Guaranteed delivery of IT capabilities in support of service (i.e. service-level agreements) is extremely difficult to provide with any level of confidence in today’s working environment. This is due to the complex task of translating abstract business service-level objectives into concrete, actionable, resource management policies. Objectives for availability, performance, security, compliance and other dimensions of IT quality of service (QoS) are achieved by IT administrators largely through trial and error. Once some level of QoS is achieved, IT organisations are reluctant to introduce change to existing configurations. This puts IT groups directly in conflict with their primary objective: providing service to the customer business by remaining responsive to ever-changing demands and unpredicted business growth opportunities. Today, stability is achieved through wiring static configurations at the expense of dynamic flexibility.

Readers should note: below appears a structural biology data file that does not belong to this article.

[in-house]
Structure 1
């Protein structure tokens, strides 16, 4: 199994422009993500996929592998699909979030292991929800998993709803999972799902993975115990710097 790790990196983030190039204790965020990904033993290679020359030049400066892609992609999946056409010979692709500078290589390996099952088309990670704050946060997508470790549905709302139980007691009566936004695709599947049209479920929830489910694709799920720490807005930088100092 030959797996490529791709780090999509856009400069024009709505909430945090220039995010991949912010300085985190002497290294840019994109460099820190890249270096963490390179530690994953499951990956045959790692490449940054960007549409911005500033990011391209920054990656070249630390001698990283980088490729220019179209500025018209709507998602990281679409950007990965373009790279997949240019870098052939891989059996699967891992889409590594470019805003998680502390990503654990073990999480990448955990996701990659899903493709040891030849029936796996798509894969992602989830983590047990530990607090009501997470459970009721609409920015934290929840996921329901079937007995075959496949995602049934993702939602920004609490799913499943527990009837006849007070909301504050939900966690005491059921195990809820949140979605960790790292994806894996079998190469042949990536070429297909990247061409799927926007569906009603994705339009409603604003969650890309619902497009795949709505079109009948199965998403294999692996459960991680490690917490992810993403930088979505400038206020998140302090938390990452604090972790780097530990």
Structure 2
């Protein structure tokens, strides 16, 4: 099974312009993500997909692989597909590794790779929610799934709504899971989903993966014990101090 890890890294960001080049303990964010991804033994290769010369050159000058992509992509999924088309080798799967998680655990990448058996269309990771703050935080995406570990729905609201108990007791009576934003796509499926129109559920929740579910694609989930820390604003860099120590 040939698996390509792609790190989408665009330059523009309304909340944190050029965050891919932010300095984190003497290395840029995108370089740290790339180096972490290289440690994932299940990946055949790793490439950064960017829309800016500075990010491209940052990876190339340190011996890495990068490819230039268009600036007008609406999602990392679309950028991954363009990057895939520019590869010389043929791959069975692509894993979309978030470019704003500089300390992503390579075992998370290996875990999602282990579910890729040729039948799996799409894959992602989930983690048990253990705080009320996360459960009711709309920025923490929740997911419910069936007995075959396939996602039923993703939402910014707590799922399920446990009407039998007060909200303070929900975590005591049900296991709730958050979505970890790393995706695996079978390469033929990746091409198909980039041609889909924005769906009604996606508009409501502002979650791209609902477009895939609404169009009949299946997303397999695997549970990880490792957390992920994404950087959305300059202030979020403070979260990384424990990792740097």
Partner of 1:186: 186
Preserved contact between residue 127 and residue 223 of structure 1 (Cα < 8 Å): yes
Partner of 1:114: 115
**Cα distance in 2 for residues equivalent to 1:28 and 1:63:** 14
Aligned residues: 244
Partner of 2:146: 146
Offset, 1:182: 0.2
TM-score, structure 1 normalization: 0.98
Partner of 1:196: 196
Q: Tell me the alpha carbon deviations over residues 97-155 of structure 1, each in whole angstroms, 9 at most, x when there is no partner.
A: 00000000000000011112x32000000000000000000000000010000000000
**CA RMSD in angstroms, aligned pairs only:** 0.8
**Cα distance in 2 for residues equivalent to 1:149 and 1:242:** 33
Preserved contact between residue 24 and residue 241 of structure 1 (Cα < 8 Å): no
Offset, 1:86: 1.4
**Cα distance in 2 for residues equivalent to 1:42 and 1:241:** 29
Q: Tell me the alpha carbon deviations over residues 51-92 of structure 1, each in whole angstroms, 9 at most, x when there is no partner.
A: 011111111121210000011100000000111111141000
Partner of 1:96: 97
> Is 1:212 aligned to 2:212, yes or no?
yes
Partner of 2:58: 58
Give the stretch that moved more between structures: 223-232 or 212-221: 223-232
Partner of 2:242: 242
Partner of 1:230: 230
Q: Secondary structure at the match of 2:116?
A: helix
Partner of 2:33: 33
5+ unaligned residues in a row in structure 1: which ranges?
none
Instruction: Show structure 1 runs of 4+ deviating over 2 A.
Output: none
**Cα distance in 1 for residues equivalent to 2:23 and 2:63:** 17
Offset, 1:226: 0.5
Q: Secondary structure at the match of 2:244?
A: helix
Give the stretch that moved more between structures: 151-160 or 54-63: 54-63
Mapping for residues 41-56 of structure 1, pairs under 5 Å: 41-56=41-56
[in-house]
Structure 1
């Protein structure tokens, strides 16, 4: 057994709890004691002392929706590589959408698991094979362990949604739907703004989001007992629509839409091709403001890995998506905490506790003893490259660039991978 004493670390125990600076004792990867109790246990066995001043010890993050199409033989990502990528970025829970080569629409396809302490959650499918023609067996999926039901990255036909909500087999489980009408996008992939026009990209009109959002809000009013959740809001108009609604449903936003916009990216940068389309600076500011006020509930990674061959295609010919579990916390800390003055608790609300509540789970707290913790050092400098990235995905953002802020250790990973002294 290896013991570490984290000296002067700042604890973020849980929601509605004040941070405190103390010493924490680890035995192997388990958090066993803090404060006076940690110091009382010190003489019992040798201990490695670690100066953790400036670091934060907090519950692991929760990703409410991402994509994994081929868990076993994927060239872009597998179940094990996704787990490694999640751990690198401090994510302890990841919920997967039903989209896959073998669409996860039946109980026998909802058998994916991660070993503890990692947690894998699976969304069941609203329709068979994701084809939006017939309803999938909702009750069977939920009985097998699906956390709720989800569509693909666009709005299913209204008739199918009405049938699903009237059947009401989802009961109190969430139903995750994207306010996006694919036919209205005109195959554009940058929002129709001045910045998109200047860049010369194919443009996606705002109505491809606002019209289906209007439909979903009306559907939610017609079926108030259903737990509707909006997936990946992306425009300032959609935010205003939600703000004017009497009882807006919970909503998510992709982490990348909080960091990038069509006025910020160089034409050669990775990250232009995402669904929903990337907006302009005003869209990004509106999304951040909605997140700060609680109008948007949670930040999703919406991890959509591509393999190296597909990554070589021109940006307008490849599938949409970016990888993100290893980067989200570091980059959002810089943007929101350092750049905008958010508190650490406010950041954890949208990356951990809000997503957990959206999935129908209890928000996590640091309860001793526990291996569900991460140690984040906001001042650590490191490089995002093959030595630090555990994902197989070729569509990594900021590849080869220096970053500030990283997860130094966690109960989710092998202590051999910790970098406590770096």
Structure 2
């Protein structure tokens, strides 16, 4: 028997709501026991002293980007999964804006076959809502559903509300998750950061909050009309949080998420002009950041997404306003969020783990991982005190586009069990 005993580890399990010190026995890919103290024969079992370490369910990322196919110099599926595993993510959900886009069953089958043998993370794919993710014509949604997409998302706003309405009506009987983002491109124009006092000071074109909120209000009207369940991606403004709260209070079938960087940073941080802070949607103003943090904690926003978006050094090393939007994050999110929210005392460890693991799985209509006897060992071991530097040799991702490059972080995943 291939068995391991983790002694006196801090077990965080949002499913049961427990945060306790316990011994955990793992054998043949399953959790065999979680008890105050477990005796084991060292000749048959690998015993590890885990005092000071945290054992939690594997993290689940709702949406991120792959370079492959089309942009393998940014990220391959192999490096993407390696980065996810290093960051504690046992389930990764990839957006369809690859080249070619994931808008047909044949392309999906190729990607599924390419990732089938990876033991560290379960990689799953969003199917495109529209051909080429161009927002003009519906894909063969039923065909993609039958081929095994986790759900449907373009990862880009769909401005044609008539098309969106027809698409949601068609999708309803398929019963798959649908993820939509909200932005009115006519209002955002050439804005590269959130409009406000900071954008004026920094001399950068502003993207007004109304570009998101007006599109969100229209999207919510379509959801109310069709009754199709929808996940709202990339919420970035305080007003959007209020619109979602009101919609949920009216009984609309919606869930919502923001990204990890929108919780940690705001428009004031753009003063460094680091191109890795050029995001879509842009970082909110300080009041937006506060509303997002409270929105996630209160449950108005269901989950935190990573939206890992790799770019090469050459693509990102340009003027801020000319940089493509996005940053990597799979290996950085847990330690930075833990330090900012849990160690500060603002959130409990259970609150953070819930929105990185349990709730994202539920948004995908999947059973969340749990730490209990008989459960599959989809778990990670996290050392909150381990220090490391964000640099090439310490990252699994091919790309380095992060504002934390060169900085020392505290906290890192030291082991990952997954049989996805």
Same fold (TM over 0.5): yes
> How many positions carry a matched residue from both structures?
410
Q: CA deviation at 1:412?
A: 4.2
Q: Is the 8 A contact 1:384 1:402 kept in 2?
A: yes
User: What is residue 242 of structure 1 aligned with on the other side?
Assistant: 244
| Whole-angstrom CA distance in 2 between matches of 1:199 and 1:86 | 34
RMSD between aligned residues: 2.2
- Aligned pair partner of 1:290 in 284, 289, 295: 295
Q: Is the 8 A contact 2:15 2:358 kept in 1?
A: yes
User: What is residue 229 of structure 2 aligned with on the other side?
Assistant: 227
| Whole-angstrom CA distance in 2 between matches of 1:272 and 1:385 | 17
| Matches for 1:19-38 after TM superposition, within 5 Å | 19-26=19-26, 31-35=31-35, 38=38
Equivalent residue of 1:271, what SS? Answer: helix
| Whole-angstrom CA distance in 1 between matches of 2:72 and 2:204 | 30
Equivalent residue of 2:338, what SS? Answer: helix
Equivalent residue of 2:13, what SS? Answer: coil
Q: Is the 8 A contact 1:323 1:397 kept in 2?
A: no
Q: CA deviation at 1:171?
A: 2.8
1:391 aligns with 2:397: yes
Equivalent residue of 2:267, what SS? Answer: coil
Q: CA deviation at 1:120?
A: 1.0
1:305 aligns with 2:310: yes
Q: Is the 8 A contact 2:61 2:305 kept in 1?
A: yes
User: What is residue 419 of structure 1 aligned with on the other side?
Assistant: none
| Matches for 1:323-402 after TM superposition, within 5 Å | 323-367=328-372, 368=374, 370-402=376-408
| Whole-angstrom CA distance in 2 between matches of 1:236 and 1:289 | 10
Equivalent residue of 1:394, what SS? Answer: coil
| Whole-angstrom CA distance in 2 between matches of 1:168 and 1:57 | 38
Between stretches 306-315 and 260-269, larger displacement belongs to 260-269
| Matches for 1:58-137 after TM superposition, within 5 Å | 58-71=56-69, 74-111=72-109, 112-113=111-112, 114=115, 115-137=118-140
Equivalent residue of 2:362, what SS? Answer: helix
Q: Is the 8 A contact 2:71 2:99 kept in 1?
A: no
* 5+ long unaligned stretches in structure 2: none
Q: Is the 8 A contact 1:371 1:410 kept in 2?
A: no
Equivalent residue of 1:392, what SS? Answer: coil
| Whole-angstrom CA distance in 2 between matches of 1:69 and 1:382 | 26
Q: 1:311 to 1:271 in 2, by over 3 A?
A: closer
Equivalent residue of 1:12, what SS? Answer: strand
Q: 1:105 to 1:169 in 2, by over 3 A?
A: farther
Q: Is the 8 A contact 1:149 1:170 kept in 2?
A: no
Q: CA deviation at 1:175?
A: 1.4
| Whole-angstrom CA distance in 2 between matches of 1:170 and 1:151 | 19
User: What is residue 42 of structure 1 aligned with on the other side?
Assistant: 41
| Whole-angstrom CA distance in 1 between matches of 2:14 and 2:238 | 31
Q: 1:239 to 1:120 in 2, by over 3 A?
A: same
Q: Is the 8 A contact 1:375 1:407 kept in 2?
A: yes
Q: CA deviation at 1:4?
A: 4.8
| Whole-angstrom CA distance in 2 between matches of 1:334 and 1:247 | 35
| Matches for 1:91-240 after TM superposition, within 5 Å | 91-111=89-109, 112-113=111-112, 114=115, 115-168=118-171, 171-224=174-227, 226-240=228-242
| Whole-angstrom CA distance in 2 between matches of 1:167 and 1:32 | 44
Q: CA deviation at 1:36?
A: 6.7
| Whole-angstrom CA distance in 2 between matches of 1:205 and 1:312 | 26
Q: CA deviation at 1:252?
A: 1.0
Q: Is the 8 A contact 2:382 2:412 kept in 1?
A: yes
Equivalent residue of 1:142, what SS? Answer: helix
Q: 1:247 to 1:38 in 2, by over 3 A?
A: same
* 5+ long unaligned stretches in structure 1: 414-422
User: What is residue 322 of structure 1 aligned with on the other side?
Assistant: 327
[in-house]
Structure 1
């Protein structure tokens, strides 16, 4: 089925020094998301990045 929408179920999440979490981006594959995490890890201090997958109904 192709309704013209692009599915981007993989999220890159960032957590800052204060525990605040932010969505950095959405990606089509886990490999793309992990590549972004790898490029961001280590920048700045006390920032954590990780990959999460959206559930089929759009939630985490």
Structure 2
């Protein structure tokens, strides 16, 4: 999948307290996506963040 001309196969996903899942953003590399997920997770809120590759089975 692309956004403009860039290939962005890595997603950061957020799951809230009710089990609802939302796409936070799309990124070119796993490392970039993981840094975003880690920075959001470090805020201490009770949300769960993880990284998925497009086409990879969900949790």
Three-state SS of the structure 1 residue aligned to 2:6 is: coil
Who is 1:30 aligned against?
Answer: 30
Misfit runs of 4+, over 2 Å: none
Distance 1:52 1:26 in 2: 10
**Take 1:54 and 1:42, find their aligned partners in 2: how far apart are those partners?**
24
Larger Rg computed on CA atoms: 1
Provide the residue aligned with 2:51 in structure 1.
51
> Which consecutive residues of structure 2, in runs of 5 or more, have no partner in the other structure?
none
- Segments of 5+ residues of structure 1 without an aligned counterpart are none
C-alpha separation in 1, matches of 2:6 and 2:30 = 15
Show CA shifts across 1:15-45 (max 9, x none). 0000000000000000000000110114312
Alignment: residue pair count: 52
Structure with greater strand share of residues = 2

This primary pain point in alignment between the business and the supporting IT environment is the result of some underlying fundamental problems.
First, there has been a general lack of agreement on how to express the capabilities of IT resources in a consistent manner. The disparities of implementation between vendors of similar computer technology elements are all too painfully evident to IT administrators. However, there have been increasing efforts in standards bodies to model resource types for management plug-ability. There has not yet been, though, convergence on the modelling framework across these different resource domains.